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Est. 1818
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Watersheds and Stream Order

Diagram of a Watershed

The Environmental Protection Agency defines a watershed as "the geographic region within which water drains into a particular river, stream, or body of water."  The boundary of a watershed can be identified by looking at ridges that surround the rivers.  The higher elevations of mountain ridges and peaks define the boundary between watersheds. The diagram at the right was produced by Lane Council of Governments: Source: US EPA.

The watershed contains water in different forms - a tributary, a main channel, and a delta.  A tributary is a small stream or creek.  The watershed is made up of networks of tributaries, each of which flows into a larger stream.  They are identified by stream order, determined by the order of other tributaries that have contributed to their flow.  The start or headwaters of a stream, with no other streams flowing into it, is called the first-order stream.  Two first-order streams flow together to form a second-order stream.  Second-order streams flow into a third-order stream.  This labeling continues until the streams deposit their water into a larger body of water, such as an ocean or a bay.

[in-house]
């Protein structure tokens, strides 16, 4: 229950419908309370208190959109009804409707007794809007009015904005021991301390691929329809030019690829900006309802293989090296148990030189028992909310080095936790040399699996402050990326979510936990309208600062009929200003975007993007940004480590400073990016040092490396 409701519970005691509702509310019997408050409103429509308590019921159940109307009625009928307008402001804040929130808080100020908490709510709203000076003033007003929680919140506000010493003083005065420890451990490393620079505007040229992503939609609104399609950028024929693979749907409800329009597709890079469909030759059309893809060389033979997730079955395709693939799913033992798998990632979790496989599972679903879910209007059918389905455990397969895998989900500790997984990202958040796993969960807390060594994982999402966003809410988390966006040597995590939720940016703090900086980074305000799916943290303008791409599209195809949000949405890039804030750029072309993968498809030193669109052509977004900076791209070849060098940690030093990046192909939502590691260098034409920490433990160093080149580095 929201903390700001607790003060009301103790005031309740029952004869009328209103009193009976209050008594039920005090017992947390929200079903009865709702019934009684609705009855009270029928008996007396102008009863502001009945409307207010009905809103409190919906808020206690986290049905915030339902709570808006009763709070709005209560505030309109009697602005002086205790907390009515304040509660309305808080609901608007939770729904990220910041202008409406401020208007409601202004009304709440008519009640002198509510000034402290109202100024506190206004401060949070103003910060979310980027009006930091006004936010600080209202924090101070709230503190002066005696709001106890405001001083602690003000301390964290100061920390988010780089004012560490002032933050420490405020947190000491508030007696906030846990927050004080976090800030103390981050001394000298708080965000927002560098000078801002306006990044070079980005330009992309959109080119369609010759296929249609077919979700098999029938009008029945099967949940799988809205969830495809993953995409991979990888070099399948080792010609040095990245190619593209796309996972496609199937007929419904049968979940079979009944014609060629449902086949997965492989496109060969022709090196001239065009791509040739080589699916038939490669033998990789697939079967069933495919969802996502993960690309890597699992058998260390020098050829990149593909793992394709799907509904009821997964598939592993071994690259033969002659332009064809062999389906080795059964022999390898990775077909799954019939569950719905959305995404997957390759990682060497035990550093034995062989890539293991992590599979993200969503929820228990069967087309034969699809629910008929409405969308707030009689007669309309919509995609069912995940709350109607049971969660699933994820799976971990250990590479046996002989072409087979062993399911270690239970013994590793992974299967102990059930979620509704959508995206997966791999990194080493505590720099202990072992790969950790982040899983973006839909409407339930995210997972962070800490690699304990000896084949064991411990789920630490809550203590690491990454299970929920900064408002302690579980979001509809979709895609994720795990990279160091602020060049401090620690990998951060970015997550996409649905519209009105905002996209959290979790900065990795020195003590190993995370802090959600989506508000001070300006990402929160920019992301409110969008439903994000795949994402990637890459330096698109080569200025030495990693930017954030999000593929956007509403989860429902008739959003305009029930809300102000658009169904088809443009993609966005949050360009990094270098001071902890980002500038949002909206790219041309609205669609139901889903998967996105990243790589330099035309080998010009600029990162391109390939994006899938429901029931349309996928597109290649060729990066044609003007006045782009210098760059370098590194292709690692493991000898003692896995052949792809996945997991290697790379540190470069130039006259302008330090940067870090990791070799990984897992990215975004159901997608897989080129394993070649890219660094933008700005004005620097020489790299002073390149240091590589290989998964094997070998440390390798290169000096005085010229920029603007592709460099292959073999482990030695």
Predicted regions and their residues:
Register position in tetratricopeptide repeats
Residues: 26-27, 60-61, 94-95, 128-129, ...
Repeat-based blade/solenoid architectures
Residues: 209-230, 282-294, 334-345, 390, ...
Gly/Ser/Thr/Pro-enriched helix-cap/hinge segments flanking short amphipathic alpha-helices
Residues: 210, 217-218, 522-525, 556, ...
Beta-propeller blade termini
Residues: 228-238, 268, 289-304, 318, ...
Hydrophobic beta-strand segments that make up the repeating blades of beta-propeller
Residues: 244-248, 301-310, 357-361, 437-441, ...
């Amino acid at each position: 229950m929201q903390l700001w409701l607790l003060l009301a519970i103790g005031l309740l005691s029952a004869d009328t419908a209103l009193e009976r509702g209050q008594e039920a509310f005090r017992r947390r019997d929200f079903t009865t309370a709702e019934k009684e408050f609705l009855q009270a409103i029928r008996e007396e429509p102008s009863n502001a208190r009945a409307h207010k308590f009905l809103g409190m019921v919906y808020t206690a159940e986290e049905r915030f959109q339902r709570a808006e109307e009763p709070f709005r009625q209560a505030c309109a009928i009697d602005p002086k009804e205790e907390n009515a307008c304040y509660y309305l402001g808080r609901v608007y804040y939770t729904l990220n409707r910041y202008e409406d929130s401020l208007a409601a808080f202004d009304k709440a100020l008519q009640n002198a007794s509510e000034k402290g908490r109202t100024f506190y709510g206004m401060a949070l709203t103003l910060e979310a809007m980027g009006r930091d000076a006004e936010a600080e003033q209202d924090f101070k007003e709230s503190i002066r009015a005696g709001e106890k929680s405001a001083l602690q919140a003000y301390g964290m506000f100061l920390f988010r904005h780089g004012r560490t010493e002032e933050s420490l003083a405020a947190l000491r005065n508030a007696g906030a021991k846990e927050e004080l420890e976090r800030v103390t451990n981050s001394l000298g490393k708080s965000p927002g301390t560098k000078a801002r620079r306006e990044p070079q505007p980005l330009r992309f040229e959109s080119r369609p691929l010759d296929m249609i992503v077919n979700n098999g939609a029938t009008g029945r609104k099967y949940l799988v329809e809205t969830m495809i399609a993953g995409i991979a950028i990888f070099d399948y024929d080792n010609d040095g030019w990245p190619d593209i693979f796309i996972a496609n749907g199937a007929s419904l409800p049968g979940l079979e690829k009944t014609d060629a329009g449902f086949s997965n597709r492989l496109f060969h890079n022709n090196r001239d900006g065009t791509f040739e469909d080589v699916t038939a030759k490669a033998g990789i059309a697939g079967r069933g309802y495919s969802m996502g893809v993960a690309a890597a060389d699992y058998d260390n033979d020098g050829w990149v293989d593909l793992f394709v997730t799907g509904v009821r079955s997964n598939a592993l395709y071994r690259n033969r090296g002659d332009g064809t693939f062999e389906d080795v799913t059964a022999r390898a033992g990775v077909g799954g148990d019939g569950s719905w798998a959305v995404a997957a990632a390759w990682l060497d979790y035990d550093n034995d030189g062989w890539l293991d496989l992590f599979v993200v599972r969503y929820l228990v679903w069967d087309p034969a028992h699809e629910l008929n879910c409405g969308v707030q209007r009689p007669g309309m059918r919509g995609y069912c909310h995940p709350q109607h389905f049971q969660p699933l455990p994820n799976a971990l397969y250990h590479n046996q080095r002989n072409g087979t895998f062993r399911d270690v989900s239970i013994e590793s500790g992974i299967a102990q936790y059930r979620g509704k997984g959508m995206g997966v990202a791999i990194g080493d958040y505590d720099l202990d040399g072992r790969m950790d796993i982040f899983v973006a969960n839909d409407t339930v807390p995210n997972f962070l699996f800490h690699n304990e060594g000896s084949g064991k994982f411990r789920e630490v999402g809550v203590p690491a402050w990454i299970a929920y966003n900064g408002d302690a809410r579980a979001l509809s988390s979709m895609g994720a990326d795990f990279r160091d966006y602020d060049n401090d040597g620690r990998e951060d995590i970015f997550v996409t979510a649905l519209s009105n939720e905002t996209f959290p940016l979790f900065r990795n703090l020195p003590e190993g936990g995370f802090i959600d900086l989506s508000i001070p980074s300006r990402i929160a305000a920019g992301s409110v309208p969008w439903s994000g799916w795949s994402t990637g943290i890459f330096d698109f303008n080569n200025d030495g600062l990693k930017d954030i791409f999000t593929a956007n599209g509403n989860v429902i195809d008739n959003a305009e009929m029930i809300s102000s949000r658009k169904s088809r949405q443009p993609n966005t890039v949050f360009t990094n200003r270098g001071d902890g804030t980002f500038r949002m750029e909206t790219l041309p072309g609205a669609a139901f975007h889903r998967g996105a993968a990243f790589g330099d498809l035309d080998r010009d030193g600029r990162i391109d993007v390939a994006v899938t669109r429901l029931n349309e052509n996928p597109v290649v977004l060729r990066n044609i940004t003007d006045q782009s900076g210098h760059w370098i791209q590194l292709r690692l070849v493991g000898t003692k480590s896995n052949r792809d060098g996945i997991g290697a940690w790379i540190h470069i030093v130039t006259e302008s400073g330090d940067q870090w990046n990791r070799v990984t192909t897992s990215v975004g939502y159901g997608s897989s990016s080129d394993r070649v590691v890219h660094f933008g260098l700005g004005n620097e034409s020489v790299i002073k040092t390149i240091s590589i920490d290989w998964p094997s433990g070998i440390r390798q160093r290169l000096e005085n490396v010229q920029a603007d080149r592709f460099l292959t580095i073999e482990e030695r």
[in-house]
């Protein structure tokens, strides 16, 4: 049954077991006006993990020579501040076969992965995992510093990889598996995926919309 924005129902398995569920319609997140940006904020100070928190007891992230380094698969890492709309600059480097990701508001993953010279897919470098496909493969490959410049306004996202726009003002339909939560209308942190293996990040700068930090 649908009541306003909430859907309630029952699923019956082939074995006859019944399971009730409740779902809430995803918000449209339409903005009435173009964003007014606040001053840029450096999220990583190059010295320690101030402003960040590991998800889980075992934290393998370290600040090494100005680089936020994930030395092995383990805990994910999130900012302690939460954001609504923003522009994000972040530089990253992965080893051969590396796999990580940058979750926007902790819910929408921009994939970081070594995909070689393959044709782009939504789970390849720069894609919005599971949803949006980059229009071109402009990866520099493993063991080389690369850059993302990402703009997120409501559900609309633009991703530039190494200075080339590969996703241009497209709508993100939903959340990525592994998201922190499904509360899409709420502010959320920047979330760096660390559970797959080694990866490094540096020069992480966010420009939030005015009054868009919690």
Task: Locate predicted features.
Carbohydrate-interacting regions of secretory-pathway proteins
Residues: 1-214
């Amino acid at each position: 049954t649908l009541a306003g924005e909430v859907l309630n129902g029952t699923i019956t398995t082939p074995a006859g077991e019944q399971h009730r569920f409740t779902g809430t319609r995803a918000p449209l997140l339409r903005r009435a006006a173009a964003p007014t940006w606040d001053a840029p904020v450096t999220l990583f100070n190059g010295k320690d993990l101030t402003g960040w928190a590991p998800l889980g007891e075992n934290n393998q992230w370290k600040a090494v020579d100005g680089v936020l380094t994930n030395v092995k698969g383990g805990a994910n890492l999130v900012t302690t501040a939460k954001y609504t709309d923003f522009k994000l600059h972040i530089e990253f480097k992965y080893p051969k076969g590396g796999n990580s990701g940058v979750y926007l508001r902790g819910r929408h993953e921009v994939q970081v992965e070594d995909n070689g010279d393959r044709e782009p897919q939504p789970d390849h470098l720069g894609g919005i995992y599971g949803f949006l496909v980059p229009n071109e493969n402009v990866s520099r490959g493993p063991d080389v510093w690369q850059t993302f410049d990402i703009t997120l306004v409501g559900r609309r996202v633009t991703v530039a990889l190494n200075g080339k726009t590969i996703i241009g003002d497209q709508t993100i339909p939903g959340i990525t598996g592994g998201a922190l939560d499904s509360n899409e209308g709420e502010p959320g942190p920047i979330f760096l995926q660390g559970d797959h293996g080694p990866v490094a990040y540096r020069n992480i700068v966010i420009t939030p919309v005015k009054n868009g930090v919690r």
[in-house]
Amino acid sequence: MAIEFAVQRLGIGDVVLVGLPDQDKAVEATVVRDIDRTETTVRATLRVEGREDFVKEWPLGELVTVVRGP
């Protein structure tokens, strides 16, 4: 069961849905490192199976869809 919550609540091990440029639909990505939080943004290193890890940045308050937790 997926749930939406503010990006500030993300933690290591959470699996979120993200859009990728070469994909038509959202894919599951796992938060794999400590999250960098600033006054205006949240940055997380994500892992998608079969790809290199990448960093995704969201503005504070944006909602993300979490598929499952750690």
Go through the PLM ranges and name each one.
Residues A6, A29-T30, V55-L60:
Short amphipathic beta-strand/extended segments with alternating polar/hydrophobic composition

Stream Orders

Identifying stream order can be useful when studying water quality.  What happens to tributaries affects higher-order streams.  Higher order streams can contain pollutants that originate in each of its contributing tributaries.

(This information was taken from the BioSITE Curriculum website.)